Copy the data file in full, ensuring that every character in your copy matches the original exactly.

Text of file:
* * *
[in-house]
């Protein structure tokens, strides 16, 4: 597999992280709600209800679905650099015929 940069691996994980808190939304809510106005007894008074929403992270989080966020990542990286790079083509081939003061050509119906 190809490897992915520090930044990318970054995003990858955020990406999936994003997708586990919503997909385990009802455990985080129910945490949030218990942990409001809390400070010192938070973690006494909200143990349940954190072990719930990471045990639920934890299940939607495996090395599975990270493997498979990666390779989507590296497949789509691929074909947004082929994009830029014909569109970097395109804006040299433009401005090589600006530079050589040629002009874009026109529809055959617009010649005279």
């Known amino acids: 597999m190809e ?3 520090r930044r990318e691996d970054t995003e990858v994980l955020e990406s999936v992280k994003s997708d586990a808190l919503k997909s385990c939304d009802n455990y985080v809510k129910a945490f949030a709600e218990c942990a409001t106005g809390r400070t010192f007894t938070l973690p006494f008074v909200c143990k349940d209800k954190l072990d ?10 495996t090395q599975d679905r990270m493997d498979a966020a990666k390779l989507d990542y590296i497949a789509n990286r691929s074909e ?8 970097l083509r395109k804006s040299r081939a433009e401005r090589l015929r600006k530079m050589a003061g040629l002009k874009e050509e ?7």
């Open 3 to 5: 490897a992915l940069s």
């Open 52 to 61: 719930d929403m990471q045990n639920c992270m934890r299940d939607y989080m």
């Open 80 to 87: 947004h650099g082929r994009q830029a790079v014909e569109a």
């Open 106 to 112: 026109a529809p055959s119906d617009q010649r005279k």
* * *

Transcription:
[in-house]
């Protein structure tokens, strides 16, 4: 597999992280709600209800679905650099015929 940069691996994980808190939304809510106005007894008074929403992270989080966020990542990286790079083509081939003061050509119906 190809490897992915520090930044990318970054995003990858955020990406999936994003997708586990919503997909385990009802455990985080129910945490949030218990942990409001809390400070010192938070973690006494909200143990349940954190072990719930990471045990639920934890299940939607495996090395599975990270493997498979990666390779989507590296497949789509691929074909947004082929994009830029014909569109970097395109804006040299433009401005090589600006530079050589040629002009874009026109529809055959617009010649005279």
């Known amino acids: 597999m190809e ?3 520090r930044r990318e691996d970054t995003e990858v994980l955020e990406s999936v992280k994003s997708d586990a808190l919503k997909s385990c939304d009802n455990y985080v809510k129910a945490f949030a709600e218990c942990a409001t106005g809390r400070t010192f007894t938070l973690p006494f008074v909200c143990k349940d209800k954190l072990d ?10 495996t090395q599975d679905r990270m493997d498979a966020a990666k390779l989507d990542y590296i497949a789509n990286r691929s074909e ?8 970097l083509r395109k804006s040299r081939a433009e401005r090589l015929r600006k530079m050589a003061g040629l002009k874009e050509e ?7």
């Open 3 to 5: 490897a992915l940069s």
């Open 52 to 61: 719930d929403m990471q045990n639920c992270m934890r299940d939607y989080m």
């Open 80 to 87: 947004h650099g082929r994009q830029a790079v014909e569109a």
């Open 106 to 112: 026109a529809p055959s119906d617009q010649r005279k």